The enclosed shopping center is named the Amsterdam Riverfront Center. Once filled with clothing shops, the mall complex has been adapted for offices of doctors, public assistance services, community organizations, a radio station WCSS, and an off-track betting site.

Media in Amsterdam includes one print newspaper, The Recorder, an online newspaper, The Mohawk Valley Compass, and two AM radio stations, WVTL and WCSS.

Places of interest[edit | edit source]

Lock Eleven in 1941

Guy Park c. 1912

Amsterdam's former National Guard Armory, which is listed on the National Register of Historic Places, has been adapted for use as a bed and breakfast inn called Amsterdam Castle.

Amsterdam's municipal golf course was designed by Robert Trent Jones.

The city is home to the Amsterdam Mohawks baseball team of the Perfect Game Collegiate Baseball League. The team plays at Shuttleworth Park.

The Professional Wrestling Hall of Fame was located in Amsterdam until November 2015, when it relocated to Wichita Falls, Texas.

The Mohawk Valley Gateway Overlook pedestrian bridge spans the Mohawk River and connects the city's Bridge Street downtown area on the south shore and Riverlink Park on the north shore.

Houses of worship[edit | edit source]

St. Stanislaus Church, Amsterdam, New York

Education[edit | edit source]

Public schools[edit | edit source]

  • William H. Barkley Elementary[14]
  • William B. Tecler Arts in Education Magnet School[15]
  • Marie Curie Institute of Engineering & Communications[16]
  • Raphael J. McNulty Academy for International Studies and Literacy[17]
  • Wilbur H. Lynch Literacy Academy[18]
  • Amsterdam High School (part of the Greater Amsterdam School District, located in the Town of Amsterdam)[19]

Private schools[edit | edit source]

  • St. Mary's Institute

Government[edit | edit source]

Amsterdam's government consists of a city council and a mayor. The mayor is elected in a citywide vote. The council consists of five members each elected from wards.

Mayors of Amsterdam[edit | edit source]

Greene Mansion, Amsterdam.

Name party Year(s)
Carmichael, John 1885
Kline, Harlan P. 1886
Liddle, Thomas 1887–88
Dwyer, John F. 1889
Waldron, Hicks B. 1890
Breedon, William A. 1891–92
Nisbet, Charles S. 1893
Hannon, George R. 1894
Fisher, William A. 1895–96
Kafman, William H. 1897
Westbrook, Zerah S. 1898–99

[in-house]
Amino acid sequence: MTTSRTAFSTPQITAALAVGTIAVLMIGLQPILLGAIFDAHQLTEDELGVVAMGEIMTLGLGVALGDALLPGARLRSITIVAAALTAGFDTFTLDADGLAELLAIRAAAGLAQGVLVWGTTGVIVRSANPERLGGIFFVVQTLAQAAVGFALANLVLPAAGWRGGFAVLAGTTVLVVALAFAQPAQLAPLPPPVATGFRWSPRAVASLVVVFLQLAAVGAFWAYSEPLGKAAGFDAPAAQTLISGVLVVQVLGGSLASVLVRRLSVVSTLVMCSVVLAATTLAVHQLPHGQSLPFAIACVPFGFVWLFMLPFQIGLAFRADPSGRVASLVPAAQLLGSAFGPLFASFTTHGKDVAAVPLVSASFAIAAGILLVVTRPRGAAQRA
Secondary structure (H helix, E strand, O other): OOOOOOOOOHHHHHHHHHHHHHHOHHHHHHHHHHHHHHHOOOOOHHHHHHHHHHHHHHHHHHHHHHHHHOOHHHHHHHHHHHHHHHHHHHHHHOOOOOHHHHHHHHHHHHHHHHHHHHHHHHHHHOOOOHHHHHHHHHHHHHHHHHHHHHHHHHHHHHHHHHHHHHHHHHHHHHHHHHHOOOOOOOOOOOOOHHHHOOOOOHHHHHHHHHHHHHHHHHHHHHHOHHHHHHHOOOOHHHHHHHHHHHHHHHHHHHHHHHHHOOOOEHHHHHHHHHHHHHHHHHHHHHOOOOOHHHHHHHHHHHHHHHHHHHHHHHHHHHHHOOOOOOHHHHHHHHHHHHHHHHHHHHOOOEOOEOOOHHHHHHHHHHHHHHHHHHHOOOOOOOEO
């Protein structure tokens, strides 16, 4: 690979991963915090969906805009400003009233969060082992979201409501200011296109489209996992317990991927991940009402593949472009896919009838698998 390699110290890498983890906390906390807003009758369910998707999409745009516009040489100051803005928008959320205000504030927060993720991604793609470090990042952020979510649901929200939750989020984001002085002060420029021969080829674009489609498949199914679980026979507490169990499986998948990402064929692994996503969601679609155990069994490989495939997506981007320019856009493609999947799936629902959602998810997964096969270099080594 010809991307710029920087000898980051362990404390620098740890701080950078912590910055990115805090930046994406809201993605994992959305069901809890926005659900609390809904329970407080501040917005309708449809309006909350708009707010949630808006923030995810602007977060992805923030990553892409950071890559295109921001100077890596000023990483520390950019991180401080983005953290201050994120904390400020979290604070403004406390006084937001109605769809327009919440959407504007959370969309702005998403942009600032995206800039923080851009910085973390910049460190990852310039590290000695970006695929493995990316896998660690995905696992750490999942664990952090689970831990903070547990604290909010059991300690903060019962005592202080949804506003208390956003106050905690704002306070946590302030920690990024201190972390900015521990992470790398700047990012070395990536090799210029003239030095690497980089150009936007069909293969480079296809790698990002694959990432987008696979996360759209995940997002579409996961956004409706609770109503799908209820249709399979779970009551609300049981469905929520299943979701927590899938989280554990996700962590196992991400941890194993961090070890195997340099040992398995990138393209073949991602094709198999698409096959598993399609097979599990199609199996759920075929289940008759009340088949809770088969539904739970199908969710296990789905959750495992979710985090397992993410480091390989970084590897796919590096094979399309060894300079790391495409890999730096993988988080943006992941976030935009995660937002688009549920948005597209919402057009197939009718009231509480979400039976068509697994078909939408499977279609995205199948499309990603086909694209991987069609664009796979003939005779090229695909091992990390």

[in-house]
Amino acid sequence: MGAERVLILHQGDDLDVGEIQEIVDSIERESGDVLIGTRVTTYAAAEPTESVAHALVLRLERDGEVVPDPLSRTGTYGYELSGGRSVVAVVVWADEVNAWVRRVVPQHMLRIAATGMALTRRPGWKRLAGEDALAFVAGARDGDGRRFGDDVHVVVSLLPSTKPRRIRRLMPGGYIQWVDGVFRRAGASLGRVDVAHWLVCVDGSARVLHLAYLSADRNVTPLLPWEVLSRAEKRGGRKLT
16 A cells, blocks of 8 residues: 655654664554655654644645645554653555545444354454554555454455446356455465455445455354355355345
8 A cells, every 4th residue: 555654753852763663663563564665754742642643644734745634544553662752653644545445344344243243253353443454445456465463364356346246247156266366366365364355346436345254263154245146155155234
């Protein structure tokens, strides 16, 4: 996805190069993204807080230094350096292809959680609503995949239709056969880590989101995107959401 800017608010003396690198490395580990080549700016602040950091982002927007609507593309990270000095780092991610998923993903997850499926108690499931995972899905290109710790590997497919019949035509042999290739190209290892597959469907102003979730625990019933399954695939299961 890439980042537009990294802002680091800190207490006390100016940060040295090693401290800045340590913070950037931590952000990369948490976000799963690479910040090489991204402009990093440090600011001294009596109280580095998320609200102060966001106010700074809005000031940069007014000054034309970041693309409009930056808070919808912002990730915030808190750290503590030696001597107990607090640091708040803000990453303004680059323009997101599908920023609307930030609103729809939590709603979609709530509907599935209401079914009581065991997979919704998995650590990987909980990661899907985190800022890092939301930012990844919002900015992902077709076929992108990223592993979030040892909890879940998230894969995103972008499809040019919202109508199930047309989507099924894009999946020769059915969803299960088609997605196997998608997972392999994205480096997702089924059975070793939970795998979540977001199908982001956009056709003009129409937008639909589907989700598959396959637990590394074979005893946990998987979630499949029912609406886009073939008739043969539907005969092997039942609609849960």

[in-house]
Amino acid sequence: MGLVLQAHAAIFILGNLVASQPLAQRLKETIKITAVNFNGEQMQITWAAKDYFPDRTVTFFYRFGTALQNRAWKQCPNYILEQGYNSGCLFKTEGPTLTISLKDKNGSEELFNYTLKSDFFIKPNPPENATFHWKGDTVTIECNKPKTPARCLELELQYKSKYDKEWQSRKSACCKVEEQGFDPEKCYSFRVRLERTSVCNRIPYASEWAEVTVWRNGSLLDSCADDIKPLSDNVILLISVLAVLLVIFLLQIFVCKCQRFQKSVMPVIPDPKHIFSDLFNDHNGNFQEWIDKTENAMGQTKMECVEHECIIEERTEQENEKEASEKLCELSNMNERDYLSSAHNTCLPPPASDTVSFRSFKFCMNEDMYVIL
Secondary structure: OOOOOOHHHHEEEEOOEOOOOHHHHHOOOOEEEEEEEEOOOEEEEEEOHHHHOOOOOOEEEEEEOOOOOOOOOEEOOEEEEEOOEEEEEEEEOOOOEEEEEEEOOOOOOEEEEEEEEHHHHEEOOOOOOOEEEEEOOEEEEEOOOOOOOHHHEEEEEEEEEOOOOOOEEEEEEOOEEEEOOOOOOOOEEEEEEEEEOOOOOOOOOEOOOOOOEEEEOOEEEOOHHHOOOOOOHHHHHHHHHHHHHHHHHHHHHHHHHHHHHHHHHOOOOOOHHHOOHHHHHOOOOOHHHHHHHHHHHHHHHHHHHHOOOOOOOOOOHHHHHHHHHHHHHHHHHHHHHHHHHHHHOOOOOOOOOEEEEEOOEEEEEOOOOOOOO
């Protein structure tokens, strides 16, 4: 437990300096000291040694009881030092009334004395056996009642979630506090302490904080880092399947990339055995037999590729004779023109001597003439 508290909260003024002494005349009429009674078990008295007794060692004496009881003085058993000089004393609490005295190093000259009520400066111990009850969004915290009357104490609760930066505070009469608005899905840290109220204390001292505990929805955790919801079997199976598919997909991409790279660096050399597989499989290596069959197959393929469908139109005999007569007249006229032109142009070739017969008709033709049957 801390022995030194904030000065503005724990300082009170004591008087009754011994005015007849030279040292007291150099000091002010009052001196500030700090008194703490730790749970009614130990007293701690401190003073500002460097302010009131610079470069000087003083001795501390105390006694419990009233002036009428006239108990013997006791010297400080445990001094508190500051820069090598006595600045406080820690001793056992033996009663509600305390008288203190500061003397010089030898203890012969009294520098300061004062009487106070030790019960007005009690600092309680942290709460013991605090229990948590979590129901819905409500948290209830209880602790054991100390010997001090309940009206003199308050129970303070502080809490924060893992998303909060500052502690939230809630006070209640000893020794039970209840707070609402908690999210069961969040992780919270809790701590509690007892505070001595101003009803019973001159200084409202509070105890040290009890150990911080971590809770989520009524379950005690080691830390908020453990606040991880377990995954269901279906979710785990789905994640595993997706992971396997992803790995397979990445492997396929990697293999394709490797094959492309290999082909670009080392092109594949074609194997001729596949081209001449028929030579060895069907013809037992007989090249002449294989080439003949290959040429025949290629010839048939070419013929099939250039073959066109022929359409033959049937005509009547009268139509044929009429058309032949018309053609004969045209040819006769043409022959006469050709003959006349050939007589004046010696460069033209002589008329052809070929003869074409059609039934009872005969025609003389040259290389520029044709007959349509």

Wallin, Samuel 1900–01
Gardner, William A. 1902–03
Clark, Robert N. 1904–05
Dealy, Jacob H. 1906–09
Conover, Seely 1910–11
Dealy, Jacob H. 1912–13
Cline, James R. 1914–17
Conover, Seely 1918–19
Akin, Theron 1920–23
Salmon, Carl S. 1924–29
Gardner, William A. 1930–31
Brumagin, Robert B. 1932–33
Carter, Arthur Dem. 1934–43
Lynch, Wilbur H. 1944–45
Hand, Joseph P. 1946–47
Deal, Burtiss E. 1948–55
Martuscello, Frank J. Rep. 1956–57
Gregg, Thomas F. Dem. 1958–59
Martuscello, Frank J. Rep. 1960–63
Breier, Marcus I. Rep. 1964–67
Gomulka, John P. Dem. 1968–79
Villa, Mario Rep. 1980–87
Parillo, Paul Dem. 1988–91
Villa, Mario Ind. 1992–1995
Duchessi, John M. Dem. 1996–2003
Emanuele, Joseph Rep. 2004–2007
Thane, Ann M. Dem. 2008–2015
Villa, Michael Rep. 2016–incumbent

Notable people[edit | edit source]

Notable natives or residents of Amsterdam include:

See also[edit | edit source]

References[edit | edit source]

  1. ^ "2016 U.S. Gazetteer Files". United States Census Bureau. Retrieved Jul 5, 2017. 
  2. ^ a b "Population and Housing Unit Estimates". Retrieved June 9, 2017. 
  3. ^ a b c Hamilton Child, History of Amsterdam, New York; Syracuse, New York 1869
  4. ^ "Manor That Has Stood for Centuries Teeters in Storm’s Wake", New York Times, September 2, 2011
  5. ^ "National Register Information System". National Register of Historic Places. National Park Service. 2009-03-13. 
  6. ^ "National Register of Historic Places Listings". Weekly List of Actions Taken on Properties: 1/10/11 through 1/14/11. National Park Service. 2011-01-21. 
  7. ^
  8. ^
  9. ^ a b c d "Amsterdam, New York (city)" QuickFacts page from the U.S. Census Bureau's American FacFinder. Accessed: May 21, 2012
  10. ^
  11. ^ Congregation Sons of Israel Script error: No such module "webarchive".
  12. ^ "Archived copy". Archived from the original on 2010-10-20. Retrieved 2014-01-06. 
  13. ^ First Baptist Church of Amsterdam Script error: No such module "webarchive".
  14. ^ William H. Barkley Elementary Script error: No such module "webarchive".
  15. ^ William B. Tecler Arts in Education Magnet School Script error: No such module "webarchive".
  16. ^ Marie Curie Institute of Engineering & Communications Script error: No such module "webarchive".
  17. ^ Raphael J. McNulty Academy for International Studies and Literacy Script error: No such module "webarchive".
  18. ^ Wilbur H. Lynch Literacy Academy Script error: No such module "webarchive".
  19. ^ Amsterdam High School Script error: No such module "webarchive".
  20. ^ a b c Who Was Who in America, Historical Volume, 1607–1896. Chicago: Marquis Who's Who. 1963. 

External links[edit | edit source]

Wikimedia Commons has media related to:

Template:Hudson River

This page uses content from the English language Wikipedia. The original content was at Amsterdam (city), New York. The list of authors can be seen in the page history. As with this Familypedia wiki, the content of Wikipedia is available under the Creative Commons License.
Community content is available under CC-BY-SA unless otherwise noted.